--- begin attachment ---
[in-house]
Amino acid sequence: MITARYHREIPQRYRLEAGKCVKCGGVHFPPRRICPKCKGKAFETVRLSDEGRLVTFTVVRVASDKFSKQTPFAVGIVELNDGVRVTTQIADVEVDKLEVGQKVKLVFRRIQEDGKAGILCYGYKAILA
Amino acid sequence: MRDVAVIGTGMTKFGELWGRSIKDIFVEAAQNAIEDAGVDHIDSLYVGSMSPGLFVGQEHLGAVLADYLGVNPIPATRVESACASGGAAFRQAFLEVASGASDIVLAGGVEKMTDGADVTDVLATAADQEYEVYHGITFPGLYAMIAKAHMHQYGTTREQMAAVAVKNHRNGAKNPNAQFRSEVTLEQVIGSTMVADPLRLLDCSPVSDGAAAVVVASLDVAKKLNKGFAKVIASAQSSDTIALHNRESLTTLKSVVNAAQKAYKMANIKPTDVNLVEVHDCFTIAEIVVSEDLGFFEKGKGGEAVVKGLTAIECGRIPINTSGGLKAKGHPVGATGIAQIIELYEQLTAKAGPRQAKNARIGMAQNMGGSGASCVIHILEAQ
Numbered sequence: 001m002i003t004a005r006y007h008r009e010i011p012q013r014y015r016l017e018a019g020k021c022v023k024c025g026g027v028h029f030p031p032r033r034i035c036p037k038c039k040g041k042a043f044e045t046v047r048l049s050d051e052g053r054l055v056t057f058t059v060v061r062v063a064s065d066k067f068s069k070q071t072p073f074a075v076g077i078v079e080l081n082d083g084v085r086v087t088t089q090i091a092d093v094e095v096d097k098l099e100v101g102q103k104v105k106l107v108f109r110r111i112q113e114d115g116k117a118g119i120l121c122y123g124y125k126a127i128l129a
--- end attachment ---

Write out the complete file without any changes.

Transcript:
[in-house]
Amino acid sequence: MITARYHREIPQRYRLEAGKCVKCGGVHFPPRRICPKCKGKAFETVRLSDEGRLVTFTVVRVASDKFSKQTPFAVGIVELNDGVRVTTQIADVEVDKLEVGQKVKLVFRRIQEDGKAGILCYGYKAILA
Amino acid sequence: MRDVAVIGTGMTKFGELWGRSIKDIFVEAAQNAIEDAGVDHIDSLYVGSMSPGLFVGQEHLGAVLADYLGVNPIPATRVESACASGGAAFRQAFLEVASGASDIVLAGGVEKMTDGADVTDVLATAADQEYEVYHGITFPGLYAMIAKAHMHQYGTTREQMAAVAVKNHRNGAKNPNAQFRSEVTLEQVIGSTMVADPLRLLDCSPVSDGAAAVVVASLDVAKKLNKGFAKVIASAQSSDTIALHNRESLTTLKSVVNAAQKAYKMANIKPTDVNLVEVHDCFTIAEIVVSEDLGFFEKGKGGEAVVKGLTAIECGRIPINTSGGLKAKGHPVGATGIAQIIELYEQLTAKAGPRQAKNARIGMAQNMGGSGASCVIHILEAQ
Numbered sequence: 001m002i003t004a005r006y007h008r009e010i011p012q013r014y015r016l017e018a019g020k021c022v023k024c025g026g027v028h029f030p031p032r033r034i035c036p037k038c039k040g041k042a043f044e045t046v047r048l049s050d051e052g053r054l055v056t057f058t059v060v061r062v063a064s065d066k067f068s069k070q071t072p073f074a075v076g077i078v079e080l081n082d083g084v085r086v087t088t089q090i091a092d093v094e095v096d097k098l099e100v101g102q103k104v105k106l107v108f109r110r111i112q113e114d115g116k117a118g119i120l121c122y123g124y125k126a127i128l129a